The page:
A few weeks ago I was asked to write some tests to test using the AWS Java SDK with Eucalyptus. At Eucalyptus we have a very nice test system framework, Eutester, that aims to provide the framework for cloud architects and administrators to validate and benchmark their various AWS-compatible cloud infrastructure options. I thought to myself, "Dude, if I'm going to have to write tests for AWS Java SDK, I want to build something like Eutester... maybe even be a part of Eutester" Thus the...
So...I've re-thought and re-wrote a lot (almost all) of Eutester4j's operations. I've also put together a test suite with several Auto Scaling tests that have been delivered by Steve Jones of the services development team as part of Eucalyptus 3.3 work. These changes should be on github today or tomorrow (pending a pull request) Thanks to all who have provided feedback and support.
For fun here is a recent test run against 3.3 dev branch (note: the multiple availability zone test...
Hi folks - just a quick note that we're working on getting everything set up on GitHub regarding our newly open-sourced Education Services training materials. In the meantime, for those who want to go ahead and get their hands on them, we've decided to temporarily make everything available via DropBox. Please note: all materials here are licensed under the same terms as Eucalyptus documentation, which is also open. For questions about that license, refer to this document:
Following on from my post on how to deploy multiple instances of the Eucalyptus deployment console I figured I’d make it more useful and add an HAProxy load balancer in front of the user consoles. With the playbook found here, you should be able to deploy as many consoles as you want and add a single load balancer in front of them.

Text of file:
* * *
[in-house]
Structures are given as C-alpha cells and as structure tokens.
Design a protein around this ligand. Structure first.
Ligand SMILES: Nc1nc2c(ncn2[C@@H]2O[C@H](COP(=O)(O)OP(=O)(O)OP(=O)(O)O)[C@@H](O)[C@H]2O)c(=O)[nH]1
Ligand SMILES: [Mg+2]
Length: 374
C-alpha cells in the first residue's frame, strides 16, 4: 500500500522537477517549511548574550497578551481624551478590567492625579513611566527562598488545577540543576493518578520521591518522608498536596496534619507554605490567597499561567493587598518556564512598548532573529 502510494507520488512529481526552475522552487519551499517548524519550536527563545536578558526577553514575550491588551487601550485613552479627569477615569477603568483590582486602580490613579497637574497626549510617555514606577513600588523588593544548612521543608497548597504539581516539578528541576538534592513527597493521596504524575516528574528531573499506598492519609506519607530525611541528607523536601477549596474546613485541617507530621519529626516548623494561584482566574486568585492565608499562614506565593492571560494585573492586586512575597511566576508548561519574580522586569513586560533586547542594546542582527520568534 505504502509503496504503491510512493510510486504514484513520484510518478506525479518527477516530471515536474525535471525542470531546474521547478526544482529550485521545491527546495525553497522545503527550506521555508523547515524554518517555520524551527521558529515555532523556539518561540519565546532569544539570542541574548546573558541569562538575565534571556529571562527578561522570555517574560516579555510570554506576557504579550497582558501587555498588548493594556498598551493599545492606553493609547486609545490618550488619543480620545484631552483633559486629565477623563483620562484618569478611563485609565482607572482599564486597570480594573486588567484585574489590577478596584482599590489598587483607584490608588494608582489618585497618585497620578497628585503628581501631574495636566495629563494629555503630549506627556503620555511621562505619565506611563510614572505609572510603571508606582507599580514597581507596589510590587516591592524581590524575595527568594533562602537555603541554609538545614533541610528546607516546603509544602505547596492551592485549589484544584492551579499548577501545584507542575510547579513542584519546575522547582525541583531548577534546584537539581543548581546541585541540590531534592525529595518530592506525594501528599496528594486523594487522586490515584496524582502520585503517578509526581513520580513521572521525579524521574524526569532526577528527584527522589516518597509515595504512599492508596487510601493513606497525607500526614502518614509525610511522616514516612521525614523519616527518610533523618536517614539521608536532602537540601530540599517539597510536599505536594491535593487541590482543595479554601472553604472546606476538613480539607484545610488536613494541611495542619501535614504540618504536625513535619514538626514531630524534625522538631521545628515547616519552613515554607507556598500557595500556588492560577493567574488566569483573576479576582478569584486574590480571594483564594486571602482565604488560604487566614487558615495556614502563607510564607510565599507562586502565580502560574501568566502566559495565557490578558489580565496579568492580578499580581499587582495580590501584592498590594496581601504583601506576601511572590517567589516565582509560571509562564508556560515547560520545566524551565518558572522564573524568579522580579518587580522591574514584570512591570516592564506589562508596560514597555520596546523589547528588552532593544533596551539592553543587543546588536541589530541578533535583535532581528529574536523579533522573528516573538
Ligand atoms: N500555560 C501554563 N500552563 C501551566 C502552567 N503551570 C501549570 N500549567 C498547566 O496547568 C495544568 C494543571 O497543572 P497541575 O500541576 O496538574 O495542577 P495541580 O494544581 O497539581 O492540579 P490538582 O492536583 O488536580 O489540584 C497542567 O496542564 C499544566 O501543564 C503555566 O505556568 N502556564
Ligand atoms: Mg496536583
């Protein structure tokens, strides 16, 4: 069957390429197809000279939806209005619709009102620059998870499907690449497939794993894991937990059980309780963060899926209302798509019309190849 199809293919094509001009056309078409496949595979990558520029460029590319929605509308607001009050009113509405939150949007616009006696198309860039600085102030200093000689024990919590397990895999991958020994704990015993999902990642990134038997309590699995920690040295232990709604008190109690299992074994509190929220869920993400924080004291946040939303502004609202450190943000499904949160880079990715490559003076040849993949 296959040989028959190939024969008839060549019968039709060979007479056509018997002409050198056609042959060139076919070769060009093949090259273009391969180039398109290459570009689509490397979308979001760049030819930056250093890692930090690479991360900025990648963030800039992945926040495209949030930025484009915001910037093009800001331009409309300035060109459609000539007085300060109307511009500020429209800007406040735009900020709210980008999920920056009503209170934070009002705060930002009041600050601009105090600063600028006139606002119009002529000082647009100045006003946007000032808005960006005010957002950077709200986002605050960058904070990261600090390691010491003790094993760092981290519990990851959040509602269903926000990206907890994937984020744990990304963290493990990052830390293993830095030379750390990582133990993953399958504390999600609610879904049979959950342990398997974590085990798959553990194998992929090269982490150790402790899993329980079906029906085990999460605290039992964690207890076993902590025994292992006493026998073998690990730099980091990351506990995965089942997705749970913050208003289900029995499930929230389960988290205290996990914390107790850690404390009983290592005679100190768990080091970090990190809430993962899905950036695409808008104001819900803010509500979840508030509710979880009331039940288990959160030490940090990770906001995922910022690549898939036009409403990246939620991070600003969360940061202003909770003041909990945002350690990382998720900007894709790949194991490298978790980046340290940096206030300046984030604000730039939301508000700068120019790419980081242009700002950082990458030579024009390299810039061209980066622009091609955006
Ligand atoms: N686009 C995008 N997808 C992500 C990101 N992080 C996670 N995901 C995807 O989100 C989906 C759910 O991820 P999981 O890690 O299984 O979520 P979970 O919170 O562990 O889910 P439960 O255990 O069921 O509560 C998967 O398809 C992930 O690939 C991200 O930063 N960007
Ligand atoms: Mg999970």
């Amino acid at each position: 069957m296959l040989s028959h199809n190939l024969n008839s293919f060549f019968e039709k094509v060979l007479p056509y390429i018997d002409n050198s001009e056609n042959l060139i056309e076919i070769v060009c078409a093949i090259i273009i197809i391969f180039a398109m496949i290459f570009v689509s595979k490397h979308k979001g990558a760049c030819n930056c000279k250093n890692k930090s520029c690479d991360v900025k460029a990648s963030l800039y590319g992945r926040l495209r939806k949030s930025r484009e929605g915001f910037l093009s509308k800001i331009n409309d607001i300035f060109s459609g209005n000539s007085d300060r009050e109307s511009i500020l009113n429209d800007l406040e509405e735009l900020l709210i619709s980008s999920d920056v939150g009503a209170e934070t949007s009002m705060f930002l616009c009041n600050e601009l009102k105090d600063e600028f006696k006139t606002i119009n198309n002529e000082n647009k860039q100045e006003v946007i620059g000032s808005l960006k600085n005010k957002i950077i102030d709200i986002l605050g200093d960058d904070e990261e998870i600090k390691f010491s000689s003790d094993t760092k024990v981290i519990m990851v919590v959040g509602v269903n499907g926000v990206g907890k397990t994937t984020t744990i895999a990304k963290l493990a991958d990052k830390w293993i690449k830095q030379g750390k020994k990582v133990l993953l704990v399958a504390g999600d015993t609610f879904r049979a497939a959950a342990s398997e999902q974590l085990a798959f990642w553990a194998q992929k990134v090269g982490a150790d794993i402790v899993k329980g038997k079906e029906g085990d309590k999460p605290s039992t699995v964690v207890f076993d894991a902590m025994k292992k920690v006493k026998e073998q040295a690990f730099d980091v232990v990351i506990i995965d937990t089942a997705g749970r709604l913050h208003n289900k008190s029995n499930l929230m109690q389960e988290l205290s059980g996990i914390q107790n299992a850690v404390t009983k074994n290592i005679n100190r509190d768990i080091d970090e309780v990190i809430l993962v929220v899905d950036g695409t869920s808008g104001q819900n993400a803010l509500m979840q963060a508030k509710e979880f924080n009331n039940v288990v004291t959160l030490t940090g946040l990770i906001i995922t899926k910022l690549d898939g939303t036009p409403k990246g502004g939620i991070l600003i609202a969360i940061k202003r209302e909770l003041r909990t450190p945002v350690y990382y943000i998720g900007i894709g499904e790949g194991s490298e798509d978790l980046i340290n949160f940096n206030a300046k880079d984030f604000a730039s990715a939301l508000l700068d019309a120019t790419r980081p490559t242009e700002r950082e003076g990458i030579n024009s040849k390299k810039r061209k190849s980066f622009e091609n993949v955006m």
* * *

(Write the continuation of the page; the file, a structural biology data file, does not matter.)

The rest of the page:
There are some changes which are worth explaining in this example. Firstly, the funky templating that Ansible and the Jinja2 templating language allow...
Just read this latest blog from Brian Thomason, Engineer at Eucalyptus System, Inc. He leads us to the promise land on how to create your own debian packages for Eucalyptus 3.2.
Who knows, maybe he will follow up with a blog discussing how to use Walrus buckets to serve up the APT repository – similar to what can done with Amazon S3. Make sure and visit Brian’s blog entry. Any feedback will be greatly appreciated! Keep up the good work Brian!
Some of you may have heard that Eucalyptus no longer supports Debian or Ubuntu.
While it is true that given our current customer base and target customer base
that we have decided to support only CentOS and RHEL from a contractual
standpoint with our customers, it does not mean we have abandoned our
community efforts behind Debian and Ubuntu.
In fact, the opposite is true. There was a long period of time where Eucalyptus
was not available in Debian and/or...
My previous post talked a little bit about new functionality from (new and updated) ec2-related modules in the Ansible 1.0 release. In this post I’ll go through the practical example of launching multiple instances with the module and then configuring them with a workload. In this case the workload will be the Eucalyptus User Console
For those who are unfamiliar with ansible, check out the online documentation here. The documentation itself is in a pretty good order for newcomers,...
People love BSD and it bothers me, that they cant run it on Eucalyptus private cloud inside their organisation. So, I took the challenge on building an openbsd image (EMI) which we could then run on Eucalyptus.
The version of openbsd used is 5.2 amd64 and Eucalyptus 3.2.0 on CentOS 6.3. Note that there were problems with running an instance store backed EMI and hence I ended up running an instance from boot-from-EBS EMI.
For the sake of simplicity, this post is divided into 5...
This last weekend I was over at FOSDEM 2013, where 5,000
geeks descended onto the ULB university in Brussels, Belgium for a huge free and open source
It was my first time at FOSDEM after many years of nearly attending and
the first thing that struck me was the size. 5,000 people
in attendance over the two days, 390hrs of talks and every talk was
It reminded me of the Ubuntu Developer Summit (UDS), but...